Exhibitions, Readings, Concerts, Networking events and more.
Find events related to China in and around Zurich in our calendar of events. There's always something going on in Zurich Chinatown.
2190: it has been 40 years now since the Earth and its former colony on Mars have ended their war. The relations are tense still and life on the two planets differ significantly: overindulgence vs. order and safety, chaos and creativity vs. clinical precision, market vs. state-directed economy.
The young Chinese science fiction author Hao Jingfang has made it her specialty to create fictional landscapes from social and political differences. In her novel «Stray Skies» the systemic rivalry of two planets plays out along the journey of a young woman, heading back from Earth to her birth place Mars. And in her award-winning novelette «Folding Beijing» a waste processing worker climbs the literal social ladders and tunnels of the future city split in three to deliver a message.
Hao will read short passages from «Stray Skies» and talk with German literature professor Philipp Theisohn about science fiction, its role in today’s China, and her professional background in physics and economics.
The Swiss China Update 2019 examines the question of whether Switzerland, as innovation world leader, can benefit from the cooperation with China.
As a participant, you will receive current updates, practice-related insights from experts and the opportunity for exchange. The event is a knowledge and networking event for all those interested in China and aims to contribute to the development of a genuine win-win partnership between China and Switzerland.
Luo Mingjun lives in Switzerland for 31 years. She is an artist who commutes between two different cultures. Previously, she obtained a complete academic education in Hunan province in China. In the early 1980s, when 85 New Wave has risen in China, young artists adopted the method of western contemporary art and applied “readymade products” to their works. Take a pioneering attitude, subvert or criticise the concepts of obsolete art. When she moved to Switzerland in 1987, during living and working in a foreign country, the inner conflict and anxiety of self-identity in the two different cultures became big subjects that the artist had to think about. Facing the transformation of ideology and cultural identity caused by two opposing cultural environments, she created an intermediate zone for her own dialogue and communication, a “Third Space”, or a “No Man’s Land” and got attention. Luo Mingjun will present the process and experience of her creation through the interpretation of some of her works in the lecture.
15:00h Presentations & Discussion
17:00h Apéro riche
firstname.lastname@example.org (Mrs. Chen Ling)
Other opening Hours in Atelier Luo Mingjun during the Project
Paysages Partagés :
June 20/21/26/27/28 2019, from14:00 to18:00
Finnissage: June 29, 11:00 – 13:00
Die Zahl der asiatischen Gäste hat in der Zentralschweiz und insbesondere in Luzern in den letzten Jahren stark zugenommen. Das generiert eine beachtliche Wertschöpfung und zusätzliche Arbeitsplätze. Gleichzeitig führen das starke Wachstum sowie die zeitliche und räumliche Konzentration der Besucherströme zu Kapazitäts- und Akzeptanzproblemen. Wie ist diese Entwicklung zu beurteilen und welche Möglichkeiten und Grenzen gibt es in Bezug auf die Lenkung der Besucherströme und die Entwicklung des Tourismus? Mit Prof. Dr. Jürg Stettler der Hochschule Luzern und Mitglied der Gesellschaft Schweiz-China.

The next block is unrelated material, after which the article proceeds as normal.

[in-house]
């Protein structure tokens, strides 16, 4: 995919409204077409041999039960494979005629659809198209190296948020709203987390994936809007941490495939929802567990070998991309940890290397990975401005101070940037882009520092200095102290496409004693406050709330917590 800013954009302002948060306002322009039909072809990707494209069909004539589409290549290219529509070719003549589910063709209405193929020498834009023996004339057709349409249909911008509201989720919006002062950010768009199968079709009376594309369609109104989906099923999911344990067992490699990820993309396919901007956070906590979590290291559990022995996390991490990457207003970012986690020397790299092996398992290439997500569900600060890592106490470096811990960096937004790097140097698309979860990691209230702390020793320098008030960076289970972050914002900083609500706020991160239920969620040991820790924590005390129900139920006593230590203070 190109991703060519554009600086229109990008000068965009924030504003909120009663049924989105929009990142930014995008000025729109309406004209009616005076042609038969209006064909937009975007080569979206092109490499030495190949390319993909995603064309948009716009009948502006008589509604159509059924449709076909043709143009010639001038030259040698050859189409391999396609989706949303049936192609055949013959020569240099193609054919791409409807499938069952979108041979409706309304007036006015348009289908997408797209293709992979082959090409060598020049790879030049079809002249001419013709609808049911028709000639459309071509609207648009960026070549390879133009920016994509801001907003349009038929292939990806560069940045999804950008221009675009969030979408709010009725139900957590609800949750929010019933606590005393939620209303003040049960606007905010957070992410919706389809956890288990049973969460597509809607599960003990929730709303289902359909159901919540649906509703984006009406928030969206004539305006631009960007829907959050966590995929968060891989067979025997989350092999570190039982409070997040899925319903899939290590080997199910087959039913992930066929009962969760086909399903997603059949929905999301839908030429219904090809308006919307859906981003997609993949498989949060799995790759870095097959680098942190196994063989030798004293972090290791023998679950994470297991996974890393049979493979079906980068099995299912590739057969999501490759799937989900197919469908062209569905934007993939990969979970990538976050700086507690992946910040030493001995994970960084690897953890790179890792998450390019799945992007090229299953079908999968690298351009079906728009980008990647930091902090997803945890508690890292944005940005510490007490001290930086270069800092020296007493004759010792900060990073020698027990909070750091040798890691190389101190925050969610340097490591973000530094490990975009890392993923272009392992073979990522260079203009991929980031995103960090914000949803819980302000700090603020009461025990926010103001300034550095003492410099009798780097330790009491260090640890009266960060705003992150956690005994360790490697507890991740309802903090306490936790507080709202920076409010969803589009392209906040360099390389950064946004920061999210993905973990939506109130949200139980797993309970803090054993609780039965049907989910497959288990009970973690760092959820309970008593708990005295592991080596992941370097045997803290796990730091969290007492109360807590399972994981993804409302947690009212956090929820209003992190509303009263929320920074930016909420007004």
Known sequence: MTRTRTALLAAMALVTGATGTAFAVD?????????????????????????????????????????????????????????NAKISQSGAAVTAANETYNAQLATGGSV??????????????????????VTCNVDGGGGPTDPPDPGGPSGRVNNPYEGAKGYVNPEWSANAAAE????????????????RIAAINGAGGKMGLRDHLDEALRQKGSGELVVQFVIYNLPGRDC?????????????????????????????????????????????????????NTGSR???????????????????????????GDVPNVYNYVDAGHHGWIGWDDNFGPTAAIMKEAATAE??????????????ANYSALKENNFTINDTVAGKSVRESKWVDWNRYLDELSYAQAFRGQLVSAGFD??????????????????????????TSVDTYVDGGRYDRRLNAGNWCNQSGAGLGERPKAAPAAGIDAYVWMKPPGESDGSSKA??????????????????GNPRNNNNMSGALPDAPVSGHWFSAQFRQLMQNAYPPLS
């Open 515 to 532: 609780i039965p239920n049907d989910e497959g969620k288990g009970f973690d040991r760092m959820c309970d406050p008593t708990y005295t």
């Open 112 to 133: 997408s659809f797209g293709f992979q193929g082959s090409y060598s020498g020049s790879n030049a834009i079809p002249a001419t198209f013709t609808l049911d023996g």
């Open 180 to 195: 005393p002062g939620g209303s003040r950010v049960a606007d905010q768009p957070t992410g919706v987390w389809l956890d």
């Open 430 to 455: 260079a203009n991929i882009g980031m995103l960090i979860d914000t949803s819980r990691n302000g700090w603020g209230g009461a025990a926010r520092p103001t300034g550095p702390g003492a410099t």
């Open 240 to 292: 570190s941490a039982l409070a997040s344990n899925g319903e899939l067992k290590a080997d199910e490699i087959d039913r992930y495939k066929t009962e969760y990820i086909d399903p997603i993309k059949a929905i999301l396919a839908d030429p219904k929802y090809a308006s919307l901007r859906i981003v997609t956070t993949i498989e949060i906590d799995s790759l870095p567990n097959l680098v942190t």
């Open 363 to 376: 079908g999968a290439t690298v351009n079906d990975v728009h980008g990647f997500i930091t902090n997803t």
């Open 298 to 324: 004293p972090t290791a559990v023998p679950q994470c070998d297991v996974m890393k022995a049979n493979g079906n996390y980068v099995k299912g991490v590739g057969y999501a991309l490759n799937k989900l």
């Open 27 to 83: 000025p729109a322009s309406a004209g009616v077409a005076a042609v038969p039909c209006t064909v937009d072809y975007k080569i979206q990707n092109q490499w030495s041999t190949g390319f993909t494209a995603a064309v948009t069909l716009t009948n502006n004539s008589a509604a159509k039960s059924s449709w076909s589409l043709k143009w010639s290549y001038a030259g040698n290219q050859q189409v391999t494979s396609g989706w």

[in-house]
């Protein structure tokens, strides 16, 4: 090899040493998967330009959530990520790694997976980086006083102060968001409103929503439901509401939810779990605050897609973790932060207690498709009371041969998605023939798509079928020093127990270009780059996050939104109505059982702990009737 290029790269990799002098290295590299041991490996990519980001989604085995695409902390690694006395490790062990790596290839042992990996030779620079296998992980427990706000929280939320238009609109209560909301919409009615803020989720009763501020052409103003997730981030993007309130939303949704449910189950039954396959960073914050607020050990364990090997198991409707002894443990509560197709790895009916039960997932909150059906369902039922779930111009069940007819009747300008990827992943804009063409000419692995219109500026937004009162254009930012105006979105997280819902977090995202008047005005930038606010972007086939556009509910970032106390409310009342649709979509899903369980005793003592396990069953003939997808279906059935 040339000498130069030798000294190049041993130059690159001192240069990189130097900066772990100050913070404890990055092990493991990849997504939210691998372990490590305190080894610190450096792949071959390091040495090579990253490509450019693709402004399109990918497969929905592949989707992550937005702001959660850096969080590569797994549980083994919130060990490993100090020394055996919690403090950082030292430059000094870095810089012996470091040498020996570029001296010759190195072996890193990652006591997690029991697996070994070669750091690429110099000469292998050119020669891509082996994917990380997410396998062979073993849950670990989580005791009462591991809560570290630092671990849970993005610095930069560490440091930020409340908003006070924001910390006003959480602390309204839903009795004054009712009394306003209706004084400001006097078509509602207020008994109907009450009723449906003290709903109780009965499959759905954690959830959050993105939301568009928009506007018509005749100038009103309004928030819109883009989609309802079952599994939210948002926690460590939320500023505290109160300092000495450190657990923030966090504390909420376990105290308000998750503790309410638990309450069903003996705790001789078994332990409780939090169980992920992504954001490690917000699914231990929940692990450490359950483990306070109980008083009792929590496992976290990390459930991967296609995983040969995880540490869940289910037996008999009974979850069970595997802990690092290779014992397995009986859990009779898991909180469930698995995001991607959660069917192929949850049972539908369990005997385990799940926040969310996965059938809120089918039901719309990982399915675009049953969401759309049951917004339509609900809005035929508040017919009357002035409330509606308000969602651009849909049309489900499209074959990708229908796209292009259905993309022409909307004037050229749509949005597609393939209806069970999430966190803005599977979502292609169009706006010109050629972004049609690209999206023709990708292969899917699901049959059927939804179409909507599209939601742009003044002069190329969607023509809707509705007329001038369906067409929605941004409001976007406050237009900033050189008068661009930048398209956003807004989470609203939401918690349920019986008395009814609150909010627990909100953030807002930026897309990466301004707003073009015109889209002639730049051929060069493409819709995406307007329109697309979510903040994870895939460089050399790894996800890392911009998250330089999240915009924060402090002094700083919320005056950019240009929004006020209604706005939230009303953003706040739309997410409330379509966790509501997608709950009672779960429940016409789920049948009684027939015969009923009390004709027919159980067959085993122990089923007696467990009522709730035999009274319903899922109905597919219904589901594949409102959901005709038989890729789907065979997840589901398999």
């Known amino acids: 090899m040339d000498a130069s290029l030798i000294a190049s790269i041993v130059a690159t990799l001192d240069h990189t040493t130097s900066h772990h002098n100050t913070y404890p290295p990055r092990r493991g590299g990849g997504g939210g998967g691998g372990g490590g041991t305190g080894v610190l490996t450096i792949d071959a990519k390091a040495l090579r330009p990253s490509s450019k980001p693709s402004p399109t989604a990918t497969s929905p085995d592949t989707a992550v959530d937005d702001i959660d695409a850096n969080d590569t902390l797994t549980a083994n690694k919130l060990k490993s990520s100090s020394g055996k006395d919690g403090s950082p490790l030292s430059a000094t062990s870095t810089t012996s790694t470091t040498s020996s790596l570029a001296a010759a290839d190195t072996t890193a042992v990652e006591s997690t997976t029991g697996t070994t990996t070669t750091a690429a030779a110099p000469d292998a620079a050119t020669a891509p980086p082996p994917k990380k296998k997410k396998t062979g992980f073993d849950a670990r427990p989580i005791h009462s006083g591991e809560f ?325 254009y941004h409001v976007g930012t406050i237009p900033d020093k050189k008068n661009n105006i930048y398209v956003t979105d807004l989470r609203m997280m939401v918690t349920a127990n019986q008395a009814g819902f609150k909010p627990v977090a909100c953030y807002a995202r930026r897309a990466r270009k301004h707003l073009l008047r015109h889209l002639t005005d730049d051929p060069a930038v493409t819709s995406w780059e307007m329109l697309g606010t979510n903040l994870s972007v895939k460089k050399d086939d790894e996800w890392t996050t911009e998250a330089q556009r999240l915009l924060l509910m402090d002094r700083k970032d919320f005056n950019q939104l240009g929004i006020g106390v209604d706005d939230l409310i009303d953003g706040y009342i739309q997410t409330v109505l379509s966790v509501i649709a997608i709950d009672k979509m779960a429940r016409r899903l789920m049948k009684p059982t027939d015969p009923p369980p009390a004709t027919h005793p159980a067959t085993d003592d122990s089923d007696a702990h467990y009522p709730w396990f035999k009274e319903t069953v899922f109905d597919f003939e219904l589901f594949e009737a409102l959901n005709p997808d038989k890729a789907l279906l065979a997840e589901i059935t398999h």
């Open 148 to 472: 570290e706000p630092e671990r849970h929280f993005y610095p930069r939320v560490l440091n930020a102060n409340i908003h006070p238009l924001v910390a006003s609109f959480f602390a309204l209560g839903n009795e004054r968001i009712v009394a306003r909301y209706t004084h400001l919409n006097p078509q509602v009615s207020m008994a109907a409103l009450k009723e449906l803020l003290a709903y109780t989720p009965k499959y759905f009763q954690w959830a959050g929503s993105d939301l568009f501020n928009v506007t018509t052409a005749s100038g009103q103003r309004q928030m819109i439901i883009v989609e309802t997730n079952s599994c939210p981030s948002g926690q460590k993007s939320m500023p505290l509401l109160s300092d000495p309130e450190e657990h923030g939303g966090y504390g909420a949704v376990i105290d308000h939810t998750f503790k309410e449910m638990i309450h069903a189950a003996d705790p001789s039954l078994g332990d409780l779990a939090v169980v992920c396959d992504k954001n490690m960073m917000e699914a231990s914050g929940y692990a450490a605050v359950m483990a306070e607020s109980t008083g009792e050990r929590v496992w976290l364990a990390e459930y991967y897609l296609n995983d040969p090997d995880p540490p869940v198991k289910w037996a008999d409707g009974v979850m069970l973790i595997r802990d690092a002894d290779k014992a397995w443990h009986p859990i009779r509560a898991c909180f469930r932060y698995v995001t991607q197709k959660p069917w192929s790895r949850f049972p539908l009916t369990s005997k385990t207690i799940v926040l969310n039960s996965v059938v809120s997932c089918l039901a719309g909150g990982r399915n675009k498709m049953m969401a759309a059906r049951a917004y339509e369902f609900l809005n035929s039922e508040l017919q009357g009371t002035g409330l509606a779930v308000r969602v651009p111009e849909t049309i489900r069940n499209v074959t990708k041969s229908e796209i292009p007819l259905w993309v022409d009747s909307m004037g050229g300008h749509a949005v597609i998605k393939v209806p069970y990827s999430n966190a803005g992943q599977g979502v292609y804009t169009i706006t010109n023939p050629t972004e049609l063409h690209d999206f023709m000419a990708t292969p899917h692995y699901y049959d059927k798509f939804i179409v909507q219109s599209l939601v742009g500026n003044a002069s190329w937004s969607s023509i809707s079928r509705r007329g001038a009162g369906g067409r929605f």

Der Veranstaltungsort, das wunderschöne barocke Herrenhaus Grafenort, gehört zum Benediktinerkloster Engelberg. Es wäre eine durchaus gute Idee, den Besuch des Vortrags mit einer Besichtigung des Klosters zu verbinden. Falls Nachfrage besteht, könnte eine Führung organisiert werden.
ABOUT THE SPEAKER:
Pei-Chia Lan is Distinguished Professor of Sociology, Director of Global Asia Research Center, and Associate Dean of the College of Social Sciences at National Taiwan University. She was a postdoctoral fellow at UC Berkeley, a Fulbright scholar at New York University, and a Yenching-Radcliffe fellow at Harvard University. Her major publications include Global Cinderellas: Migrant Domestics and Newly Rich Employers in Taiwan (Duke 2006, ASA Sex and Gender Book Award and ICAS Book Prize) and Raising Global Families: Parenting, Immigration, and Class in Taiwan and the US (Stanford 2018):
In my new book Raising Global Families: Parenting, Immigration, and Class in Taiwan and the US (Stanford 2018), I use parenting as an empirical lens to examine cultural transformation and persisting inequality in the contexts of globalization and immigration. This talk focuses on the distinct strategies of “global parenting” among Taiwanese families across the socioeconomic spectrum. Professional middle-class parents employ divergent educational strategies to pursue cosmopolitan parenting: some arrange international school and bilingual programs to prepare their children for the imminent future of global competition, while some others choose Western-influenced alternative curriculums to escape the tradition of rote learning and academic pressure. Globalization touches the lives of working-class families in very different ways. Taiwanese men, who suffer from rising economic insecurity due to capital outflow and labor inflow, seek wives from China and Southeast Asia. These immigrant mothers’ cultural heritage and transnational connections are hardly recognized as valuable assets until the government encourages investment to Southeast Asia in the recent “New Southbound Policy.”
Jeongwen Chiang, Professor of Marketing at the renowned China Europe International Business School (CEIBS), talks on 5 September at the GDI about the development of trade in China.
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